Mindblowing at MoMA: Fischerspooner Doesn't Disappoint

Nell Alk

I can never rave enough about Brooklyn-based electroclash duo and performance troupe Fischerspooner. Comprised of Casey Spooner and Warren Fischer, the twosome has been obliterating boundaries for over a decade. And didn't disappoint on Sunday night at MoMA's sixth installment of their "Performance Exhibition Series."

Due to deliberately limited literature outlining the event, my companion and I had, at best, a vague idea what we were getting ourselves into. Described as "An evening-length... pop spectacle...[that] runs continuously over the course of three hours, with no clear beginning or end, on a large central stage that allows the audience to view the piece from all sides," we were unclear what precisely was in store.

Whatever it was started at 6 p.m. and attracted a healthy audience. Showgoers waited outside the main entrance and were eventually ushered in, semi-stampeding through the sole door security saw fit to open. Inside, we formed an unruly line, at the front of which we were told the performance was sold out. Bummer for those without tickets!

Bypassing the overpriced wine, my date and I made our way up the stairs to the second floor atrium while "Amuse Bouche" echoed throughout the museum. Hailing from their third record, Entertainment (May 2009), this kicked off the hour-long performance piece, which, we immediately learned, turned out to be an exceedingly stimulating, multi-sensory experience. The stage was assembled in nearly the middle of the space, a skeletal erection that did indeed enable myriad viewpoints and perspectives, though most attendees remained front and center. Following this first song, they plucked three from their sophomore album, Odyssey (2005), and later rocked numbers from their debut, #1 or Best Album Ever (2001).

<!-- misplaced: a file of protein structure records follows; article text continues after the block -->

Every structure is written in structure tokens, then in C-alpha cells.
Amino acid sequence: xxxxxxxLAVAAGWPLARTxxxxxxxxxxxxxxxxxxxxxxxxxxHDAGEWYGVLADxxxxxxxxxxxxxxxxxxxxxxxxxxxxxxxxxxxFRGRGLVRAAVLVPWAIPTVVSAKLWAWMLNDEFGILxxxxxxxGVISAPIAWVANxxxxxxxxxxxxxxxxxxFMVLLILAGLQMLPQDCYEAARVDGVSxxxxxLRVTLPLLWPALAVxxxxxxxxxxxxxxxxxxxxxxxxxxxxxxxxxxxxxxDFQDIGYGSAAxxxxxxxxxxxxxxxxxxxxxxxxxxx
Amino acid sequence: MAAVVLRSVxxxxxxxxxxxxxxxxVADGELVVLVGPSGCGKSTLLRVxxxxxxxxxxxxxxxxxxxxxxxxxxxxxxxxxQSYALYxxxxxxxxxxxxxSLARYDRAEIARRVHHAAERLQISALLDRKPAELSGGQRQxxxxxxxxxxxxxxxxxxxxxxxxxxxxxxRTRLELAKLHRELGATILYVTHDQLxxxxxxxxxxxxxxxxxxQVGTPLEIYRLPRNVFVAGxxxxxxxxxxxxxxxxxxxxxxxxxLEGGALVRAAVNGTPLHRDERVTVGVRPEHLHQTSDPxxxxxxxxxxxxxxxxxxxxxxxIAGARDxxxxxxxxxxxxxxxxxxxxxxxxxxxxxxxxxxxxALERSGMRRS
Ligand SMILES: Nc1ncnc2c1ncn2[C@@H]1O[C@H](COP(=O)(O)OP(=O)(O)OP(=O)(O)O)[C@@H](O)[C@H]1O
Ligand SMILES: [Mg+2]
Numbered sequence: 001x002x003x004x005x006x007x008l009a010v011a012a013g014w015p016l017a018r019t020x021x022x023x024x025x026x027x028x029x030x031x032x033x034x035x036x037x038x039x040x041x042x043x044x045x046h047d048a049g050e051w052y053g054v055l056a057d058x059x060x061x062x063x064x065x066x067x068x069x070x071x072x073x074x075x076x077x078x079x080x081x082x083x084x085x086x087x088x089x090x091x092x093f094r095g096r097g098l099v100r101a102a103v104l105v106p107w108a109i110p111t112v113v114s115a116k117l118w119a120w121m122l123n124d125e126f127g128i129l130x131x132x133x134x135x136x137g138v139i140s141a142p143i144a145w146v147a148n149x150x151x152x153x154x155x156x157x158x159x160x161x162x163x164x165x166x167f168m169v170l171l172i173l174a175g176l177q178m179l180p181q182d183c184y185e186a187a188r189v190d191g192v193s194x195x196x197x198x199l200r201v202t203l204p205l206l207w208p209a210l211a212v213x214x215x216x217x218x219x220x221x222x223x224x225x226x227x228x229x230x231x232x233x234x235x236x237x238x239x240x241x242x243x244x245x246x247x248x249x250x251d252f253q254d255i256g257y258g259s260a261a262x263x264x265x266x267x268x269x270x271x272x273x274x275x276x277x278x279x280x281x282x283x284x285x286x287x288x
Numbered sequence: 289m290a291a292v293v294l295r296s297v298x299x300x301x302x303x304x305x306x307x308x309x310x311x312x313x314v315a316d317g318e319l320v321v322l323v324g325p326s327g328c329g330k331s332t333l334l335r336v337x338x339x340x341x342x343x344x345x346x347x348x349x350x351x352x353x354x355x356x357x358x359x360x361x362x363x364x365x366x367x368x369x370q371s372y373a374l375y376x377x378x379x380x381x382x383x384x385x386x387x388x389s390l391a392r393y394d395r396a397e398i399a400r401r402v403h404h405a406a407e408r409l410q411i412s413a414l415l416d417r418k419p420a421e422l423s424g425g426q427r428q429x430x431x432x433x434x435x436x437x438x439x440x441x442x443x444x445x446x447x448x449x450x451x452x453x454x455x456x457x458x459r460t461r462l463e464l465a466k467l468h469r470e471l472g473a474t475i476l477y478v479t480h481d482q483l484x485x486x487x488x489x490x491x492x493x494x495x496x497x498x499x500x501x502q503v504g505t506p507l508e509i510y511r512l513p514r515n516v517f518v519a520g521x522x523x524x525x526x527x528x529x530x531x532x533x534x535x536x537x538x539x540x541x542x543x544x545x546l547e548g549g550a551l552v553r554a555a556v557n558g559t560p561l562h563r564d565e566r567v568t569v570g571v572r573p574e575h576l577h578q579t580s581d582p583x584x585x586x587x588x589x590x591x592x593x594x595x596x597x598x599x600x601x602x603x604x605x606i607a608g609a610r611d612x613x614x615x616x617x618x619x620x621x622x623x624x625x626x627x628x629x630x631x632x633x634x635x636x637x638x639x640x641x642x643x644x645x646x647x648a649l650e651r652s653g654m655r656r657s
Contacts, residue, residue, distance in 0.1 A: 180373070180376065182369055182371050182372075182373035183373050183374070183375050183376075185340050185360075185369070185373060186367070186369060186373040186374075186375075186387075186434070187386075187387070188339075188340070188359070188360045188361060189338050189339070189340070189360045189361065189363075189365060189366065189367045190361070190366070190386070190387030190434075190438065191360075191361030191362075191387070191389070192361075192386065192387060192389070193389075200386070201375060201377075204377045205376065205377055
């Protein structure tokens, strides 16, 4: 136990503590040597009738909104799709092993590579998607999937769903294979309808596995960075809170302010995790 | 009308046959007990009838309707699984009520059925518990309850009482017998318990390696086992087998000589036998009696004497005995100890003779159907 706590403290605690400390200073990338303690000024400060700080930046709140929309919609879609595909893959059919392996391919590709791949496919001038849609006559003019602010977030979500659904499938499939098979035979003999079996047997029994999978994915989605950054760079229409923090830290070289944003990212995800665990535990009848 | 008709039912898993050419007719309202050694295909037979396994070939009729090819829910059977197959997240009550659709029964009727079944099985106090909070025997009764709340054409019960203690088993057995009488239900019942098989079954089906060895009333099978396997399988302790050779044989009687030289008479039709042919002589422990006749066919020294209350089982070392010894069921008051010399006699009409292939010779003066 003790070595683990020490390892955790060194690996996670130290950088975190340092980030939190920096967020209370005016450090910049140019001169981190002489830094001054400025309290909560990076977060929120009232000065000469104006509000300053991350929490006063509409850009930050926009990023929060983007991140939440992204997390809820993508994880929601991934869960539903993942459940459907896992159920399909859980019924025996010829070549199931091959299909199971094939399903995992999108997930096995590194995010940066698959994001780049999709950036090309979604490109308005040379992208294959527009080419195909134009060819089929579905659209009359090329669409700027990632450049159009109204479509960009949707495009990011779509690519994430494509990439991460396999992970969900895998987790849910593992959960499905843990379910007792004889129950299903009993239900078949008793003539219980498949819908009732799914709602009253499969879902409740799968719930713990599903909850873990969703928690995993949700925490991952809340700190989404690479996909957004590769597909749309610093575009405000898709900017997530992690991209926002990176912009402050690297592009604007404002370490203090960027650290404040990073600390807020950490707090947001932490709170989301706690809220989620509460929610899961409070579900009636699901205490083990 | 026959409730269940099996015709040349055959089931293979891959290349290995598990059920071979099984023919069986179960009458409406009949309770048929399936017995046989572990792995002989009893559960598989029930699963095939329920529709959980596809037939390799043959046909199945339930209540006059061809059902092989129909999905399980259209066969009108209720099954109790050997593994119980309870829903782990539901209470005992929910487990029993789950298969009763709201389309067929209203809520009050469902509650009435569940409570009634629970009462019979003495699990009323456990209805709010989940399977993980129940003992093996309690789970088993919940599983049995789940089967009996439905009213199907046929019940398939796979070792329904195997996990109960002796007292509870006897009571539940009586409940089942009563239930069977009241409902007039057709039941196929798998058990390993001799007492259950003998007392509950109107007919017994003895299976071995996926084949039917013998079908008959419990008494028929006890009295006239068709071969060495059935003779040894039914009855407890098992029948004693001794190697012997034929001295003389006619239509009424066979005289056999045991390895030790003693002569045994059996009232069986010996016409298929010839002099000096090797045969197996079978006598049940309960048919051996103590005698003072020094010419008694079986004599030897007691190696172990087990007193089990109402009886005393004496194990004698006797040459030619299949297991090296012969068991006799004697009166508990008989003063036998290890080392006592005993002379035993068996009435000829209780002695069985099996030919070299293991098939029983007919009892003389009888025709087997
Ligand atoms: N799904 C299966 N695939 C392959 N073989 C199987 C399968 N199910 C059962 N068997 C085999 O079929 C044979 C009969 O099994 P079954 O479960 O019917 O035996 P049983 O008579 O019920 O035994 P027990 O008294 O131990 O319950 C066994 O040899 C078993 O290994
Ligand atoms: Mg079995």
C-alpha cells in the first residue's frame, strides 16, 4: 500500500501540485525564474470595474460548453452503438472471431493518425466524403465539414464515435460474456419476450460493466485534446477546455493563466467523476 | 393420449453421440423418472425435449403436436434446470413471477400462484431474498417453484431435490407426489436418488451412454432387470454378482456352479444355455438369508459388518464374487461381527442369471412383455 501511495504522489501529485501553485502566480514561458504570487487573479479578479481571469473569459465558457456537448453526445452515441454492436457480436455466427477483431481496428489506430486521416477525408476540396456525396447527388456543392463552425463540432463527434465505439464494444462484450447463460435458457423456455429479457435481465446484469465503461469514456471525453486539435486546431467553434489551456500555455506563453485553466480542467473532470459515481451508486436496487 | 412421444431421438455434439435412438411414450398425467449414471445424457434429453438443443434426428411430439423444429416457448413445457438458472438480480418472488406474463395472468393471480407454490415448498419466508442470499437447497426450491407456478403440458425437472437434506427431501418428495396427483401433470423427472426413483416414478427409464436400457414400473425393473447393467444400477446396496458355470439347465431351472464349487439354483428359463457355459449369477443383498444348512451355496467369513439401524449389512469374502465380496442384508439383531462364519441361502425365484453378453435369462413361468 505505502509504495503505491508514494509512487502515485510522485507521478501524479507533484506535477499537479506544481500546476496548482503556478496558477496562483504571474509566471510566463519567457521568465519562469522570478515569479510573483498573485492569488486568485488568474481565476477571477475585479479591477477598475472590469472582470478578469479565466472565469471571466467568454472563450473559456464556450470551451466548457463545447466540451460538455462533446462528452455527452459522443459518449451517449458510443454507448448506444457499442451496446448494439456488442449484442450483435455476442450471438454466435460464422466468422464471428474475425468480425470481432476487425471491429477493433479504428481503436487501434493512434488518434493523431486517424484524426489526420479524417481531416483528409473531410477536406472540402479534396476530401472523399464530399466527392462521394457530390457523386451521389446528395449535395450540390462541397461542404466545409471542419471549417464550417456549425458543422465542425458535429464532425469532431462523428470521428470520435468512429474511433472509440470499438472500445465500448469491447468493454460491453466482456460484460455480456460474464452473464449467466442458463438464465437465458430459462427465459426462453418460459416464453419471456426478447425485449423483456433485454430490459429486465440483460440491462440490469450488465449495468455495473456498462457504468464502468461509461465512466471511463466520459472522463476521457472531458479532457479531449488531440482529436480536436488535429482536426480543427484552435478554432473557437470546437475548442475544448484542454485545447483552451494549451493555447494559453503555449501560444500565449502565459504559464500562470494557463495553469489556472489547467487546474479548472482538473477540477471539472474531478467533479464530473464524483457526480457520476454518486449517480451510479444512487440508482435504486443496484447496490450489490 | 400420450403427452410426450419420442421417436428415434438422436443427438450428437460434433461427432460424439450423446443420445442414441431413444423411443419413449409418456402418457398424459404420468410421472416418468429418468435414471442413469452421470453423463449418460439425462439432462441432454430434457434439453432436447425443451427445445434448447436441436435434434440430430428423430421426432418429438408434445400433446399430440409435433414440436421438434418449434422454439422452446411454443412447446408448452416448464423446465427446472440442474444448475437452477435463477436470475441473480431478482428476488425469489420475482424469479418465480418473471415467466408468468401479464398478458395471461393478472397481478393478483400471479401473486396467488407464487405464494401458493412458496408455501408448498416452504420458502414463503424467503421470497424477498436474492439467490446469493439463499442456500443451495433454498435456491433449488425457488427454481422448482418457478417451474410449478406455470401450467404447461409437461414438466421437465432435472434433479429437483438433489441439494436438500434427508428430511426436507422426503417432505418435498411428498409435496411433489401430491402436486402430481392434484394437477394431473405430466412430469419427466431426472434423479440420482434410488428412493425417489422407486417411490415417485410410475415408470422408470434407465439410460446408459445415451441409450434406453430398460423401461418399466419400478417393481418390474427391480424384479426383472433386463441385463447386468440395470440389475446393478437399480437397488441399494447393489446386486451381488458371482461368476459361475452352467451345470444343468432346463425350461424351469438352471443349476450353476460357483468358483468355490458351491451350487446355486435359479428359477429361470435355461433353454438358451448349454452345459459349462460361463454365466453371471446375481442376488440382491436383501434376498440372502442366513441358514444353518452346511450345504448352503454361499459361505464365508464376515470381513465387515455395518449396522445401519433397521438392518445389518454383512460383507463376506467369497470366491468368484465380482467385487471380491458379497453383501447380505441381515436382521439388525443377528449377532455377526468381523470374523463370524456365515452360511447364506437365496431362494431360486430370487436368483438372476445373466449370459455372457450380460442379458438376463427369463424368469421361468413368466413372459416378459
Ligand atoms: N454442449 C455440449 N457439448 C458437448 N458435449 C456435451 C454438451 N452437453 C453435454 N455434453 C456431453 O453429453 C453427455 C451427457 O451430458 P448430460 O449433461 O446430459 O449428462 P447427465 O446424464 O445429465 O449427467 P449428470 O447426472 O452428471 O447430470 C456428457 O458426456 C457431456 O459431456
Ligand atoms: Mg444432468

The production included elaborate dance sequences courtesy of choreographer Vanessa Walters, ornate fashion ensembles ("I feel like Lady Gaga on Saturday Night Live right now," he told the crowd), a screen featuring projected moving images, interviews with the spotlight-lover (Spooner) and content from practices and past performances. Among my favorite things was seeing god-only-knows-how-old footage of Spooner sporting not his recognizable bleach blonde, close-shaven crew cut and clean baby face, but, instead, long, brown locks and rugged stubble. Talk about entertainment!

Aside from all the glitz and show, Spooner's vocals were spot on. His singing, interspersed with what I believe to be deliberate interruptions and fabricated mini-crises, was stellar, the MoMA's acoustics superb. It's a shame more concerts aren't held here! And, defying what we've come to expect from the duo, Fischer, though off to the side and a bit hidden behind a yellow wig, had an evident presence. Generally he enjoys remaining behind the scenes, encouraging Spooner to take the reins and obscure his own electro contributions, but, fortunately for us, he made magic happen within plain sight. He grinned regularly, his eyeliner standing out around his happy eyes. He even crossed the stage at times and assisted in maneuvering the multiple mirrors and other props.

I'm sorry to say that the event was one-night-only. I wish it weren't so. I would demand every reader see it and would hands down pay to see it again myself. That said, be sure to catch them live in concert when you can. Every performance they put on is equally enthralling -- if a tad less interactive, a bit less revealing and definitely less exclusive, but well worth whatever the price tag. Fischerspooner is an act worth investing in.

If for some ungodly reason their sound doesn't do it for you, rest assured, Spooner will lure you in with his hysterical antics: "Standup's my next thing." Get ready, folks. It wouldn't be the first time he threatened something and actually saw it through to fruition.

Photos by Spilios Gianakopoulos

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